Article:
Bee venom injection into an acupuncture point reduces arthritis associated edema and nociceptive responses

Young Bae Kwon, Jae Dong Lee, Hye Jung Lee, Ho Jae Han, Woung Chon Mar, Sung Keel Kang, Alvin J. Beitz, Jang Hern Lee

Research output: Contribution to journalArticlepeer-review

192 Scopus citations

Abstract

Bee venom (BV) has traditionally been used in Oriental medicine to relieve pain and to treat inflammatory diseases such as rheumatoid arthritis (RA). While several investigators have evaluated the anti-inflammatory effect of BV treatment, the anti-nociceptive effect of BV treatment on inflammatory pain has not been examined. Previous studies in experimental animals suggest that the therapeutic effect of BV on arthritis is dependent on the site of administration. Because of this potential site specificity, the present study was designed to evaluate the anti-nociceptive effect of BV injections into a specific acupoint (Zusanli) compared to a non-acupoint in an animal model of chronic arthritis. Subcutaneous BV treatment (1 mg/kg per day) was found to dramatically inhibit paw edema caused by Freund's adjuvant injection. Furthermore, BV therapy significantly reduced arthritis-induced nociceptive behaviors (i.e. the nociceptive scores for mechanical hyperalgesia and thermal hyperalgesia). These anti-nociceptive/anti-inflammatory effects of BV were observed from 12 days through 21 days post-BV treatment. In addition, BV treatment significantly suppressed adjuvant-induced Fos expression in the lumbar spinal cord at 3 weeks post-adjuvant injection. Finally, injection of BV into the Zusanli acupoint resulted in a significantly greater analgesic effect on arthritic pain as compared to BV injection in to a more distant non-acupoint. The present study demonstrates that BV injection into the Zusanli acupoint has both anti-inflammatory and anti-nociceptive effects on Freund's adjuvant-induced arthritis in rats. These findings raise the possibility that BV acupuncture may be a promising alternative medicine therapy for the long-term treatment of rheumatoid arthritis.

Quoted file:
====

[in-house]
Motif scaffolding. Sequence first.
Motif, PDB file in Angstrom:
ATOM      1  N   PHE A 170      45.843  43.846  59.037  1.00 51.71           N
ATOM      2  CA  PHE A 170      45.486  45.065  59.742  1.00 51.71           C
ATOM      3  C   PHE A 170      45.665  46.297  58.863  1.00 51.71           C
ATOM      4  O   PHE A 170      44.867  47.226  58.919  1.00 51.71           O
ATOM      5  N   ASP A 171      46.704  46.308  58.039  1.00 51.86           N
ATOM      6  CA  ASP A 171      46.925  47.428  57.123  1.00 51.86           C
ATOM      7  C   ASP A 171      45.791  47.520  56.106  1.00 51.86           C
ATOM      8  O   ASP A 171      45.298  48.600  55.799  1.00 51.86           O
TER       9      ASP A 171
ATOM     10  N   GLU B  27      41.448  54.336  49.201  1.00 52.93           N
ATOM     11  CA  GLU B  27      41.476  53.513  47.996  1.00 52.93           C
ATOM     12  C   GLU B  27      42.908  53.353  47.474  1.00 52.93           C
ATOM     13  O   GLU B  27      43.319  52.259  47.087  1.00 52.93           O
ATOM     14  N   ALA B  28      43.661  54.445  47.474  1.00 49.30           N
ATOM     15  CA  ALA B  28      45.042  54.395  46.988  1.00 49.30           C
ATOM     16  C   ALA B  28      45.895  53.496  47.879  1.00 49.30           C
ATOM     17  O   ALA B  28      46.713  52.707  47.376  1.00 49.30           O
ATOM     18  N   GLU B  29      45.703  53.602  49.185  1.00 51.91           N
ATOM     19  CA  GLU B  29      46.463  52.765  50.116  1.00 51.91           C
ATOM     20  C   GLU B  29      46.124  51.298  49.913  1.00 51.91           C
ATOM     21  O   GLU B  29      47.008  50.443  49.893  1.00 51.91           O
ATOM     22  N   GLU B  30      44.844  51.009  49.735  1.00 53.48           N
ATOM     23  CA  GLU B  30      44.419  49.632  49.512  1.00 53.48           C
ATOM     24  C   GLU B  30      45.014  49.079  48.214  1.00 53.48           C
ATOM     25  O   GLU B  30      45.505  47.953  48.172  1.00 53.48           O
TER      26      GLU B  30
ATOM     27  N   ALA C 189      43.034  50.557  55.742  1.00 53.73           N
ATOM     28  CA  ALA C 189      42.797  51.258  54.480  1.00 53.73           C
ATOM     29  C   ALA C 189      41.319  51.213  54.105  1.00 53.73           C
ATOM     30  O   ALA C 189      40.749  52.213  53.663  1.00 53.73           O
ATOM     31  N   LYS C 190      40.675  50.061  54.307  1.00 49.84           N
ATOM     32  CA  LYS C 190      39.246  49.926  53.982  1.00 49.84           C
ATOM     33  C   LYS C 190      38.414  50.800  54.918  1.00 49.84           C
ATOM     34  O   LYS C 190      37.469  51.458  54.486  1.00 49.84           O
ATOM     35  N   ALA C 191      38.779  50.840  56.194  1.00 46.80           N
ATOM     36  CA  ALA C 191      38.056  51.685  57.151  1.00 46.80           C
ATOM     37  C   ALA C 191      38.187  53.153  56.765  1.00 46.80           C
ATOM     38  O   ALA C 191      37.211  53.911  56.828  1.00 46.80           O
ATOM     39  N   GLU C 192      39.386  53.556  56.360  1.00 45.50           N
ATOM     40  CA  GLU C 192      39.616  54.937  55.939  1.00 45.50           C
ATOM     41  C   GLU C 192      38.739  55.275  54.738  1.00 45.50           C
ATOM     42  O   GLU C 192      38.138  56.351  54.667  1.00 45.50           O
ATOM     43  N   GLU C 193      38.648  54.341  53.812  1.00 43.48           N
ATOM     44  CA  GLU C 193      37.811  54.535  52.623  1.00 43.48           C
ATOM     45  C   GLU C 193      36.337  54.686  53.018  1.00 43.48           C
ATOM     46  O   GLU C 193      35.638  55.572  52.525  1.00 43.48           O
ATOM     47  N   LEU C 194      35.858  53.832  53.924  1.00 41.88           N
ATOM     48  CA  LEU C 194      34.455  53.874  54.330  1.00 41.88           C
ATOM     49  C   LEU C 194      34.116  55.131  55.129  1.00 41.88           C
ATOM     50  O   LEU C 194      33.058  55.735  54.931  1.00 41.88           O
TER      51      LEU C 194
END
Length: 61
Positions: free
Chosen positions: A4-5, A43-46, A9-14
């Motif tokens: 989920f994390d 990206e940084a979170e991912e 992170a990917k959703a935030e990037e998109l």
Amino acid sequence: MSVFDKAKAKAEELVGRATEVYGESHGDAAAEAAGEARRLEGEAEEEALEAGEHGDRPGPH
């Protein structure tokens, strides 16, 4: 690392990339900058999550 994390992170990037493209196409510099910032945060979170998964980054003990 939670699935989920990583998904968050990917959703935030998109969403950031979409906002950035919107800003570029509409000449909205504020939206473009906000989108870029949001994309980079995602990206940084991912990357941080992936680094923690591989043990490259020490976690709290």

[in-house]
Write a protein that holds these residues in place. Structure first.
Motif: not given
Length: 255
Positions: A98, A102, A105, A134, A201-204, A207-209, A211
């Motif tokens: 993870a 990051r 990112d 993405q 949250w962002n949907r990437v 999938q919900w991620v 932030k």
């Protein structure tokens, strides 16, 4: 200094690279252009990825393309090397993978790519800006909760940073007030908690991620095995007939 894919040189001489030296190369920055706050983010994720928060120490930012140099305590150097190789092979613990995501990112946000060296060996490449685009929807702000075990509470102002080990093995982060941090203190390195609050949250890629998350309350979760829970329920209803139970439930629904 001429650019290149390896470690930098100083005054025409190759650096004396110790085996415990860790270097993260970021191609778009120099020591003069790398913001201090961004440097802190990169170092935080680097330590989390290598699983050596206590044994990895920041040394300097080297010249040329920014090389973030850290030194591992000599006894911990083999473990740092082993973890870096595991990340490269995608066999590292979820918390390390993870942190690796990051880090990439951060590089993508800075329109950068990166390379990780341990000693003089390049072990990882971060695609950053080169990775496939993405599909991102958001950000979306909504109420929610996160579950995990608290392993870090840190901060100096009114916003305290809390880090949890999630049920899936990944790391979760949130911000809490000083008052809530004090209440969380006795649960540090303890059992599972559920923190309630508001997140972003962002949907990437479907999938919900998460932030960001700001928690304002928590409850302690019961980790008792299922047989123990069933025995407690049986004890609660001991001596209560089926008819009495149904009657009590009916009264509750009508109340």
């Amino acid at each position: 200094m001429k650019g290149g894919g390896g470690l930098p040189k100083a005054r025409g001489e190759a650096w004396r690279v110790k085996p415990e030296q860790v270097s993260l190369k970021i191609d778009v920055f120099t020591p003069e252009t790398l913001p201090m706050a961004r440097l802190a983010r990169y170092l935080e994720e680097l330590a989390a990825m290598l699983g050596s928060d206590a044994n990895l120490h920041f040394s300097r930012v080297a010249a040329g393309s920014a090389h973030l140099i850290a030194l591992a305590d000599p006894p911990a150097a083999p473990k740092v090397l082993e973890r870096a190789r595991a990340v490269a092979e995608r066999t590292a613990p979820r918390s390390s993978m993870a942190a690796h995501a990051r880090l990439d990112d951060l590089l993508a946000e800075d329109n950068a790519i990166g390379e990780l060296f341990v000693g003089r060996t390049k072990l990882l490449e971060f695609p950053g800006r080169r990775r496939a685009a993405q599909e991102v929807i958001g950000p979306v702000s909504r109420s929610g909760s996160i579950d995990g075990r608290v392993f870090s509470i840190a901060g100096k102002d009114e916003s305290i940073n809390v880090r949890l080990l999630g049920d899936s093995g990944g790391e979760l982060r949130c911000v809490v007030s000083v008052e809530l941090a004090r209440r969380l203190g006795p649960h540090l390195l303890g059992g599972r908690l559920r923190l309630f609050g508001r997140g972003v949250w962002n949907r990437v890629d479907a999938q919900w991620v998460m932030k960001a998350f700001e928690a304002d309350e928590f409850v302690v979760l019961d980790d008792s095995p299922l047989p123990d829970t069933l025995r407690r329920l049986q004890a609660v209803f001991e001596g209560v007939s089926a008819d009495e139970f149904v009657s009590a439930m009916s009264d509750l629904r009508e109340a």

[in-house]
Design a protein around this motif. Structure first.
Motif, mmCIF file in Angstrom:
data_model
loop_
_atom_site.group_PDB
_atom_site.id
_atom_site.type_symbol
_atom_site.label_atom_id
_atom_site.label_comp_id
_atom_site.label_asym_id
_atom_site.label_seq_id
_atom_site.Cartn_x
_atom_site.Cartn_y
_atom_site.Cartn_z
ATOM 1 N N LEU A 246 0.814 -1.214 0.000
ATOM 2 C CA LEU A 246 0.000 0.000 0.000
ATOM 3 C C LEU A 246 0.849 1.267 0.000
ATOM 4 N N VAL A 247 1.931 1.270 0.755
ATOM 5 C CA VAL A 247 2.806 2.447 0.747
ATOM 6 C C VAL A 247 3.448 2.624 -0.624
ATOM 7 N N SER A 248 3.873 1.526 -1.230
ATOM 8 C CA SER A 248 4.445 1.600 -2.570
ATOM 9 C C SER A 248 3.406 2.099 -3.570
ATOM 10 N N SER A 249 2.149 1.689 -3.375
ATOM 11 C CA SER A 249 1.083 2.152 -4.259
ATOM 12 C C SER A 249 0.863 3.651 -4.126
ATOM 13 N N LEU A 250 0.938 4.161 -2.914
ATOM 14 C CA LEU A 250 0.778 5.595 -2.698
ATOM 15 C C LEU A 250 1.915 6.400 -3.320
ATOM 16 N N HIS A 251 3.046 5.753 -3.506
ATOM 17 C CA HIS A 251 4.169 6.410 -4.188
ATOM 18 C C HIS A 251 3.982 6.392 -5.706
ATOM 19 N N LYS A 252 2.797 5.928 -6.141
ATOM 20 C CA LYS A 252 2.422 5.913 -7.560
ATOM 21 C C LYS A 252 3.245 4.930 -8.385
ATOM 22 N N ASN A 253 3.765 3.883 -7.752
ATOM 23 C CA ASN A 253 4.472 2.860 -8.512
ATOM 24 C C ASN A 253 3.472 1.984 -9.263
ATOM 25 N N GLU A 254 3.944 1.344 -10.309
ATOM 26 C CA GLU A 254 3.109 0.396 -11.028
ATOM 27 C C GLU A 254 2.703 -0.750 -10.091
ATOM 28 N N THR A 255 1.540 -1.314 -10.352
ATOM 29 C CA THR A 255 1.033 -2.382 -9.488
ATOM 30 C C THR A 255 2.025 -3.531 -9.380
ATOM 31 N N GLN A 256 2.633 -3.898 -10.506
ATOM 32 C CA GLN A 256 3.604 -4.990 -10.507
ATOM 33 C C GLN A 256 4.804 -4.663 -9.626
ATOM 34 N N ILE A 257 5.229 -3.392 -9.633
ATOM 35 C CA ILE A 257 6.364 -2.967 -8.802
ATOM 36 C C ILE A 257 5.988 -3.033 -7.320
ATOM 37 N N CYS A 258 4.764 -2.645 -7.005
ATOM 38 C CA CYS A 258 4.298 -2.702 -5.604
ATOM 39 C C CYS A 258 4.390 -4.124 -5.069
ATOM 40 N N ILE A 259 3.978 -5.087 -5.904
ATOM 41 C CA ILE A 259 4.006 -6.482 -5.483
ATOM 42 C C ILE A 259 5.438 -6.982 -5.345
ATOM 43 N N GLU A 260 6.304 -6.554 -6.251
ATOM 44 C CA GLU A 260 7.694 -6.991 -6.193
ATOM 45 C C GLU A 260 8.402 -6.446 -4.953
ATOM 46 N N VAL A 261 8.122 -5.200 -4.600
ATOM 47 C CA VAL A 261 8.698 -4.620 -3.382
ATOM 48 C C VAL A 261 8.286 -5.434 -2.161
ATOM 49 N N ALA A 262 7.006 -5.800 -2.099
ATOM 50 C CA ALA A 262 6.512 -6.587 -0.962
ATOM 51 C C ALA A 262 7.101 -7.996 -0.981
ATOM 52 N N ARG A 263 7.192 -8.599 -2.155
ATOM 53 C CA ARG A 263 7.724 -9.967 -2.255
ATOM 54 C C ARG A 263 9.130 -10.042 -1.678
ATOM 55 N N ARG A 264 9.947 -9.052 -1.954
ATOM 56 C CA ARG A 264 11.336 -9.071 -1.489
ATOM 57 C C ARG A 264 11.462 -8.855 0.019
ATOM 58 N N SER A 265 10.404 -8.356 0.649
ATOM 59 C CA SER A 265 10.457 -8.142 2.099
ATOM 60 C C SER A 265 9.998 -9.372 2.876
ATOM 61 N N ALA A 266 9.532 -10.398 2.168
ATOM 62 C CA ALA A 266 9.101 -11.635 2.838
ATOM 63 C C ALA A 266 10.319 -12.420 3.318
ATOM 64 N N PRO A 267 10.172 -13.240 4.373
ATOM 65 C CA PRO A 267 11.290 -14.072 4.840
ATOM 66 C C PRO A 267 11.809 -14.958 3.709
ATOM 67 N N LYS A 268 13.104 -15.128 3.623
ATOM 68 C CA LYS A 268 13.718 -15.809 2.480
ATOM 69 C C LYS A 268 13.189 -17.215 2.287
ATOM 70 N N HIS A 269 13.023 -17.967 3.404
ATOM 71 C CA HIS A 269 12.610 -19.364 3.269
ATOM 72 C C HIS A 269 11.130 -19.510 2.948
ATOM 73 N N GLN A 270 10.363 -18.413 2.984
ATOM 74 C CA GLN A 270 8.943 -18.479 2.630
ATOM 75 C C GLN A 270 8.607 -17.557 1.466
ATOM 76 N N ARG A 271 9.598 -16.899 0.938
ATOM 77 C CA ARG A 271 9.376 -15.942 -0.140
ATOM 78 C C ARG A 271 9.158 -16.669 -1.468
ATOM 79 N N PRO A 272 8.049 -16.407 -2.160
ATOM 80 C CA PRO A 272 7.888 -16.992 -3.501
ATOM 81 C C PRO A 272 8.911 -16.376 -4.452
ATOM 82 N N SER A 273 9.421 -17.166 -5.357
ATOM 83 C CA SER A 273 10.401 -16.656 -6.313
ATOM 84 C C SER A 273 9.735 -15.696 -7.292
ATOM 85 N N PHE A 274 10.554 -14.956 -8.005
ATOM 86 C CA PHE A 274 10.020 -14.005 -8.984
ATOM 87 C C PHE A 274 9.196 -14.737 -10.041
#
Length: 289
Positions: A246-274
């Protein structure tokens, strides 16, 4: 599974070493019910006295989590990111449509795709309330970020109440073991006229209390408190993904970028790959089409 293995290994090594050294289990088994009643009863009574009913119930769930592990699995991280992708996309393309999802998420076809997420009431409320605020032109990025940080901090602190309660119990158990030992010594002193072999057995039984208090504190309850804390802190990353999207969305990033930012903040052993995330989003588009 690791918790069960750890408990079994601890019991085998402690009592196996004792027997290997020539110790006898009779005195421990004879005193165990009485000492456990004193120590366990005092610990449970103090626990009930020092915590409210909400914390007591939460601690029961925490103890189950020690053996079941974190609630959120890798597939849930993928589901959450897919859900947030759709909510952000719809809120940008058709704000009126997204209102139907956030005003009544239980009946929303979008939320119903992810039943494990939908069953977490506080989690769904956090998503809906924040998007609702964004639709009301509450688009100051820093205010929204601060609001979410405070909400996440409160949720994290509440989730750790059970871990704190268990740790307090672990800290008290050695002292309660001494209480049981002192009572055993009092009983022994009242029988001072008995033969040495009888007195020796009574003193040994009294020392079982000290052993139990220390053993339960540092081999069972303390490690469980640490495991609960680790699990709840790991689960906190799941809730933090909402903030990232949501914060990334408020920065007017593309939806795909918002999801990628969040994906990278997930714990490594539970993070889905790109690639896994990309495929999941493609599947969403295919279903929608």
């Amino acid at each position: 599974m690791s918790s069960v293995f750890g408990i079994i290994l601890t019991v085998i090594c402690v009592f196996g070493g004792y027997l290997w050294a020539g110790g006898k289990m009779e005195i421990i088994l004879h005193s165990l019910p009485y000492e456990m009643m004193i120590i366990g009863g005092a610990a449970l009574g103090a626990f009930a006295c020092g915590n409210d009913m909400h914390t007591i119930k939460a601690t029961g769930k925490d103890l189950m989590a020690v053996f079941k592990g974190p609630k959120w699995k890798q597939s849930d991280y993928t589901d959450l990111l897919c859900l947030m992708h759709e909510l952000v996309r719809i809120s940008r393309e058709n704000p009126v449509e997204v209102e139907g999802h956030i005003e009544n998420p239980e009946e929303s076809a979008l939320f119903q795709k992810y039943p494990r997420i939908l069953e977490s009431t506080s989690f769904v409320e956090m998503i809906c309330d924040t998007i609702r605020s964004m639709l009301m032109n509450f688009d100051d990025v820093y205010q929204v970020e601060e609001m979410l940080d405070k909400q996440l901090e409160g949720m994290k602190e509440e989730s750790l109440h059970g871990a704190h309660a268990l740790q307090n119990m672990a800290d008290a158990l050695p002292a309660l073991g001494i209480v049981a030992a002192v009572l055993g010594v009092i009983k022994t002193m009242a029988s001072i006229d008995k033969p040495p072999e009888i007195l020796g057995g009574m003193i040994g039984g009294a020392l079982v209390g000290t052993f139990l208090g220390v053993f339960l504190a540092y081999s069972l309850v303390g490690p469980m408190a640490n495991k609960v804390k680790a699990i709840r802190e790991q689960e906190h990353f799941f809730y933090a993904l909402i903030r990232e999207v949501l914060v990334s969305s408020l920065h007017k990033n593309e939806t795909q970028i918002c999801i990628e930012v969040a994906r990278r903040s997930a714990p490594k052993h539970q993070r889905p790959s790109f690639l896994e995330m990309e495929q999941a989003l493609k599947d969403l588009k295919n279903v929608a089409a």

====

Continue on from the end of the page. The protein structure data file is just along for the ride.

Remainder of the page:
Original languageEnglish (US)
Pages (from-to)271-280
Number of pages10
JournalPain
Volume90
Issue number3
DOIs
StatePublished - Feb 15 2001

Keywords

  • Acupuncture
  • Anti-inflammation
  • Anti-nociception
  • Arthritis
  • Bee venom
  • Fos immunohistochemistry

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